Yes, I understand that not everybody is going to be into classical music on a college campus–one of the main points of my story last semester was that advertisements for these kinds of events never really make it to the mainstream, due in large part to the department’s financial commitment to promote their ticketed events, and a miniscule publicity budget.
My main concern, however, is the fact I didn’t see a whole lot of undergraduate music students at these events in the past. Director of Concerts and Community Events Michael Hershkowitz told me during an interview that at James Madison University, where he studied trombone as an undergrad, attendance at student recitals was mandatory.
“There was a rigid attendance policy,” he said. “You had to go to about 20 recitals per semester, and the ushers would punch off a card as you came in, so there was no getting around that. You’d have all the students who were required to attend plus family, friends and teachers in a 150-seat auditorium, and that would be your audience.”
Of course, advertising for all of the music department’s events with equal vigor would be unrealistic, as well. According to Hershkowitz, the department schedules roughly 250 recitals per semester to be performed by the majority of the 255 masters and doctoral students pursuing a degree in music performance. In addition, all are free and open to the public.
“There can sometimes be up to four recitals a day,” he said. “There’s a concept called marketing saturation which states that if you promote all events with the same degree of emphasis, they all lose emphasis, and it becomes impossible to bring audiences in for anything.”
Because these events are free, however, I think they would be a phenomenal way to introduce a variety of students to a world they might never have otherwise explored.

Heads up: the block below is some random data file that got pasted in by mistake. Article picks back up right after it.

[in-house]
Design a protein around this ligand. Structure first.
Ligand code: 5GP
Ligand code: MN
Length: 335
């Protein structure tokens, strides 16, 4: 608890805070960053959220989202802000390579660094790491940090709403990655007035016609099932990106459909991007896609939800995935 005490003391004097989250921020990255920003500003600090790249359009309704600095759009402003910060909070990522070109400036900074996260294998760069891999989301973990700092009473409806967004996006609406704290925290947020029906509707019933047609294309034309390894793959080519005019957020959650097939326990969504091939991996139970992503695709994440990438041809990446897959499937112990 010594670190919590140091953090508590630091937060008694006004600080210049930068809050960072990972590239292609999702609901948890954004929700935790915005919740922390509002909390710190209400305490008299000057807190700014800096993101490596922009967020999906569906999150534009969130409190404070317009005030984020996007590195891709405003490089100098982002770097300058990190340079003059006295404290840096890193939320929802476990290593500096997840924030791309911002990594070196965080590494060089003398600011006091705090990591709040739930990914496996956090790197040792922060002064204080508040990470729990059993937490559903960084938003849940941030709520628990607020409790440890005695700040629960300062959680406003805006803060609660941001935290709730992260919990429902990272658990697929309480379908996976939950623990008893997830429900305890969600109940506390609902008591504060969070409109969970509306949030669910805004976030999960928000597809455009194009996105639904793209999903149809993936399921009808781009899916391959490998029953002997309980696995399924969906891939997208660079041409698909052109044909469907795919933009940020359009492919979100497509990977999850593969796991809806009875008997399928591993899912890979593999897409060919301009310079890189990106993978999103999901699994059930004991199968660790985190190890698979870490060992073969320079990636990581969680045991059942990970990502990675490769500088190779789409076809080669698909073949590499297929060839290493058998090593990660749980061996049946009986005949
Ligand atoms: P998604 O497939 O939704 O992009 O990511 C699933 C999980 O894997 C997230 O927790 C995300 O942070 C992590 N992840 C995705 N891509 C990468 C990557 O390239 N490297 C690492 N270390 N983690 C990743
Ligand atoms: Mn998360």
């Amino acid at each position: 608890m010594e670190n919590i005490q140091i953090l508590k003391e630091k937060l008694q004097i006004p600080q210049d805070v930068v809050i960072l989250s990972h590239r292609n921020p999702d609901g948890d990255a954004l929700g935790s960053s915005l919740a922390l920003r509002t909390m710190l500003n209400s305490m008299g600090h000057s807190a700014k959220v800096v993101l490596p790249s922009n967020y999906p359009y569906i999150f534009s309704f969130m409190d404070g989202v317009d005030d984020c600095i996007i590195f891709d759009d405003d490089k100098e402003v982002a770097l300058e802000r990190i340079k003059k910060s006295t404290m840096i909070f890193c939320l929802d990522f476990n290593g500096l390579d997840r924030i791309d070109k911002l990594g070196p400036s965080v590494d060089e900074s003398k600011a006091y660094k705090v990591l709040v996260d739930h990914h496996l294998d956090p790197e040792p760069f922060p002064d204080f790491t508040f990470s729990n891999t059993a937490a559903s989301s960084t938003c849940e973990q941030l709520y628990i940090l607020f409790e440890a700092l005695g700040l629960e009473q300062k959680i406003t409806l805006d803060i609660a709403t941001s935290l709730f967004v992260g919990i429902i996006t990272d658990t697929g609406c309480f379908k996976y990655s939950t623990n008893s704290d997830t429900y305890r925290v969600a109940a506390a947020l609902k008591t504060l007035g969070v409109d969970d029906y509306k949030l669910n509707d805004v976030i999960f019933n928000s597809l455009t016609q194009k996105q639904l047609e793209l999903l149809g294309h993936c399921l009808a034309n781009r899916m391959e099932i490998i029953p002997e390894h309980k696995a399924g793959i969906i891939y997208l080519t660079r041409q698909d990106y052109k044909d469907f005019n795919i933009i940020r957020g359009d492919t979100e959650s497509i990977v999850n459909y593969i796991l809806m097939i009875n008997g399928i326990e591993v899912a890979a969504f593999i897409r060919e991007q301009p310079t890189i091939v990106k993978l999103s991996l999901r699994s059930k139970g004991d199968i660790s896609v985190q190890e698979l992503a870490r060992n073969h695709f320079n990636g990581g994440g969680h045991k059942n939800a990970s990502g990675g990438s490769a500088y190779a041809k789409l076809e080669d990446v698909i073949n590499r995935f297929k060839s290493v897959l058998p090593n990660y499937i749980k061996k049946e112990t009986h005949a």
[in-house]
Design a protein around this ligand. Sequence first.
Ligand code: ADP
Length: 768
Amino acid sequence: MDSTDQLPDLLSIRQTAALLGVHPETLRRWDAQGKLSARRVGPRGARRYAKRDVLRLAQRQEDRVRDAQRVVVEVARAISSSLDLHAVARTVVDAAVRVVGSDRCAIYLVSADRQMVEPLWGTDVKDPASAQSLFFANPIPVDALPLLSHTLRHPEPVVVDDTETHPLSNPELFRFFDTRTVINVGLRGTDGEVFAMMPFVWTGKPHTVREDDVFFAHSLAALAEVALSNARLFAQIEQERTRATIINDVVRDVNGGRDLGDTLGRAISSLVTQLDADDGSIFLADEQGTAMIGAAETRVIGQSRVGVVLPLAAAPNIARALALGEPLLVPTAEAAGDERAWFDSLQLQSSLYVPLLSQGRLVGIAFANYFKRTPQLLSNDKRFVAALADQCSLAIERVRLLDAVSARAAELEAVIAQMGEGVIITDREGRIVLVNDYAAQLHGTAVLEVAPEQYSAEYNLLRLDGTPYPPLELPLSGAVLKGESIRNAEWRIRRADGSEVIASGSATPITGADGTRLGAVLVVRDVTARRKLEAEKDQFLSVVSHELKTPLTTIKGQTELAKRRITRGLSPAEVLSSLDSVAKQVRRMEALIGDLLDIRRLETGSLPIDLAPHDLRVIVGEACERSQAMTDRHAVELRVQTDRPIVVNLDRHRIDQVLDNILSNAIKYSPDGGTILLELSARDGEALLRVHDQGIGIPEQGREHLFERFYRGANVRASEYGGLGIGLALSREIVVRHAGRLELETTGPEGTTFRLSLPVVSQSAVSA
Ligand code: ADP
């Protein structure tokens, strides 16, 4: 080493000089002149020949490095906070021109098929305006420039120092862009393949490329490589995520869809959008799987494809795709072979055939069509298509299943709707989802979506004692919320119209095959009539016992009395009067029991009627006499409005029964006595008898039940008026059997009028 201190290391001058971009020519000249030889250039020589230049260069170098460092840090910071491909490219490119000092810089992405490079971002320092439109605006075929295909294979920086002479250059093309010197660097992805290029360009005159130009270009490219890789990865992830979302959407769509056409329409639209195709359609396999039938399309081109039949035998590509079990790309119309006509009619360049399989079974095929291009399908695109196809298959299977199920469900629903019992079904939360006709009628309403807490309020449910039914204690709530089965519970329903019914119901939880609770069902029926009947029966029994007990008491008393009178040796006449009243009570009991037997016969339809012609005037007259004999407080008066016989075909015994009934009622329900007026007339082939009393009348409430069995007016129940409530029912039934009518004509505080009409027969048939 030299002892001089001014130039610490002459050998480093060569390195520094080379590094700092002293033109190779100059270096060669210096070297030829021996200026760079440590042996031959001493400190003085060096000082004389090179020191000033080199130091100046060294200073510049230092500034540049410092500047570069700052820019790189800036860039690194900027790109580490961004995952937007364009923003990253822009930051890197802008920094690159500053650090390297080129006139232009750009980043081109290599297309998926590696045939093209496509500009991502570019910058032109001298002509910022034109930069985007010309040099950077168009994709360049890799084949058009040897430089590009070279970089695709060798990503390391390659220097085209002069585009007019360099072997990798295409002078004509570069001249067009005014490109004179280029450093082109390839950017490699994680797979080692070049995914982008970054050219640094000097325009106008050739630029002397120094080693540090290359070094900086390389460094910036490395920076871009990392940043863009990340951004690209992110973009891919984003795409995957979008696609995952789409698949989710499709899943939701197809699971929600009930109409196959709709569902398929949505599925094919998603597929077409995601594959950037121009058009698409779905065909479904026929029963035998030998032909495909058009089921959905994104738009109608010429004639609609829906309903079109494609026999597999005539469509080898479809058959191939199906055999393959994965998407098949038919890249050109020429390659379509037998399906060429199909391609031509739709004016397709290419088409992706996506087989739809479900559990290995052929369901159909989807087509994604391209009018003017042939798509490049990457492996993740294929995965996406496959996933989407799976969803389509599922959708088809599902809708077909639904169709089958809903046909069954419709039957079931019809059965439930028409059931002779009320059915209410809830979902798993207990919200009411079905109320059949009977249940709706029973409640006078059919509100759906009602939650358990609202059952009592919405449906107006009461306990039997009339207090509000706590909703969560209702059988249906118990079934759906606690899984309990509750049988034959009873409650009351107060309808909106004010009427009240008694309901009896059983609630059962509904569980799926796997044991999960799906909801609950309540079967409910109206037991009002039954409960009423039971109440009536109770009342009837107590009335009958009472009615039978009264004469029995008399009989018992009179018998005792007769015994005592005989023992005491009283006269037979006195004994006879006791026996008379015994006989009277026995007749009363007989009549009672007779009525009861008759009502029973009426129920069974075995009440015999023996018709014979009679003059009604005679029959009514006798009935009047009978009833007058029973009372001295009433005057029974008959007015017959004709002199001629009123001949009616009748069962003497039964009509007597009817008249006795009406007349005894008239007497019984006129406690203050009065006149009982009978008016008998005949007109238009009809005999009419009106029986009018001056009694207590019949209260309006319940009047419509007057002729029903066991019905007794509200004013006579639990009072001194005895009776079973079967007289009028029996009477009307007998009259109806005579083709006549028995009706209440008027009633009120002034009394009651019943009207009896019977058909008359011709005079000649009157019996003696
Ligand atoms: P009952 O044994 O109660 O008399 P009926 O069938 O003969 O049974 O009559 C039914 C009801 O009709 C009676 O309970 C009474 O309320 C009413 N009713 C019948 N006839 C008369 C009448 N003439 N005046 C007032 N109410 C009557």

It’s completely understandable that the department needs to promote its ‘pay’ events in this economy, but it would be nice if there were more publicity towards students outside of the music department.
Right now, I feel like the music department is really somewhat isolated. Even as I went to recitals in the past, I always felt vaguely out of place. The department, from what I’ve observed in the past, exists pretty exclusively within its own niche. The whole time I was sitting in the audience, for example, it just felt as though an alarm would go off over my head indicating that I wasn’t a major, and that dark-suited security officials would promptly escort me out of the recital hall.
This is by no means an attack on the policies of the music department-I’ve been to my fair share of events, which have led to believe that the talent is huge.
I’m simply stating that it’s quite sad Mr. Nelson, who essentially just won one of the music department’s highest honors, had to perform in front of a crowd of 30. That’s not at all what I’d call a small crowd for a typical recital hall event, but in my opinion, all 370 seats could have been occupied.
The applause alone, after all, sounded like it came from a crowd of just that number.
Here’s a look at the student recital schedule for this month.
If you have the time, why not stop by and show some support for our music majors?